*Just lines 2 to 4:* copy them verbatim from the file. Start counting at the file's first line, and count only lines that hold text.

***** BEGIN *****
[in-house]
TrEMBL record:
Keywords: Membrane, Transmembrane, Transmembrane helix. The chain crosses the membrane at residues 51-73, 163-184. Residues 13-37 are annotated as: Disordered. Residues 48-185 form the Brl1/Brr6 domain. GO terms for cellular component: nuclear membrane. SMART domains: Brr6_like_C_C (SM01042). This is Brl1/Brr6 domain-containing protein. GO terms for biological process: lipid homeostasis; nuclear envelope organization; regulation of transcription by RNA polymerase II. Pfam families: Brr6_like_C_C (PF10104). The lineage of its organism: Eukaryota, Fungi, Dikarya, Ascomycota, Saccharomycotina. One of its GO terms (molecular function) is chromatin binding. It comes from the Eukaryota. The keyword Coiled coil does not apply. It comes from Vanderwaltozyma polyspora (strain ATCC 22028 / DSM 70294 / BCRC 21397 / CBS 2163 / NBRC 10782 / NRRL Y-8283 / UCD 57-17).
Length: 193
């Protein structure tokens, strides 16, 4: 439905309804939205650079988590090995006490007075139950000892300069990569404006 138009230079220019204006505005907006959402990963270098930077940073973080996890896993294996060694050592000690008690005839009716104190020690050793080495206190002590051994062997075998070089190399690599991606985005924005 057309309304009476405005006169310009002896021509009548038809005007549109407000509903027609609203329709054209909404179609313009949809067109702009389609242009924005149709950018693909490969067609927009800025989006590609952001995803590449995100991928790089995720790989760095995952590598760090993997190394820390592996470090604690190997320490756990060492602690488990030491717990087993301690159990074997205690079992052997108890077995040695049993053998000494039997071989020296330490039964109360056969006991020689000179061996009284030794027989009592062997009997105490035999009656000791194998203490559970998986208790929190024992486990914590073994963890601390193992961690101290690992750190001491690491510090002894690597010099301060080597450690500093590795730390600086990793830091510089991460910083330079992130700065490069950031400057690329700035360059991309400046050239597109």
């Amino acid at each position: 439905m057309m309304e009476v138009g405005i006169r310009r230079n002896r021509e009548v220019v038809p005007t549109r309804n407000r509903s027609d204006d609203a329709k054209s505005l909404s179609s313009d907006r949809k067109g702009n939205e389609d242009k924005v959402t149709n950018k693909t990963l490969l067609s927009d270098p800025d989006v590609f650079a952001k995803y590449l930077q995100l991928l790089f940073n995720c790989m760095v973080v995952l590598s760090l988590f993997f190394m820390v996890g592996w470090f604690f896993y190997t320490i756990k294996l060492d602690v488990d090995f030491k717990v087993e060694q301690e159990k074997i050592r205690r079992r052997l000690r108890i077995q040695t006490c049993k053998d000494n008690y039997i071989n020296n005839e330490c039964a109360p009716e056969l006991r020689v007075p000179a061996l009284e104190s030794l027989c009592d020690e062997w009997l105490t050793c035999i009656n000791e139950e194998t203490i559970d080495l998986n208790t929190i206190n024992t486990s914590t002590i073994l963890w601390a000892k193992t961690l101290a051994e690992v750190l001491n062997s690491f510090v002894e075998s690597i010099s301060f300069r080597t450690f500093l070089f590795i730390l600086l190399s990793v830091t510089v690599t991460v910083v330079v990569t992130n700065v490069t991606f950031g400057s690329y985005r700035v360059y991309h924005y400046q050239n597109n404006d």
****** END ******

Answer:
TrEMBL record:
Keywords: Membrane, Transmembrane, Transmembrane helix. The chain crosses the membrane at residues 51-73, 163-184. Residues 13-37 are annotated as: Disordered. Residues 48-185 form the Brl1/Brr6 domain. GO terms for cellular component: nuclear membrane. SMART domains: Brr6_like_C_C (SM01042). This is Brl1/Brr6 domain-containing protein. GO terms for biological process: lipid homeostasis; nuclear envelope organization; regulation of transcription by RNA polymerase II. Pfam families: Brr6_like_C_C (PF10104). The lineage of its organism: Eukaryota, Fungi, Dikarya, Ascomycota, Saccharomycotina. One of its GO terms (molecular function) is chromatin binding. It comes from the Eukaryota. The keyword Coiled coil does not apply. It comes from Vanderwaltozyma polyspora (strain ATCC 22028 / DSM 70294 / BCRC 21397 / CBS 2163 / NBRC 10782 / NRRL Y-8283 / UCD 57-17).
Length: 193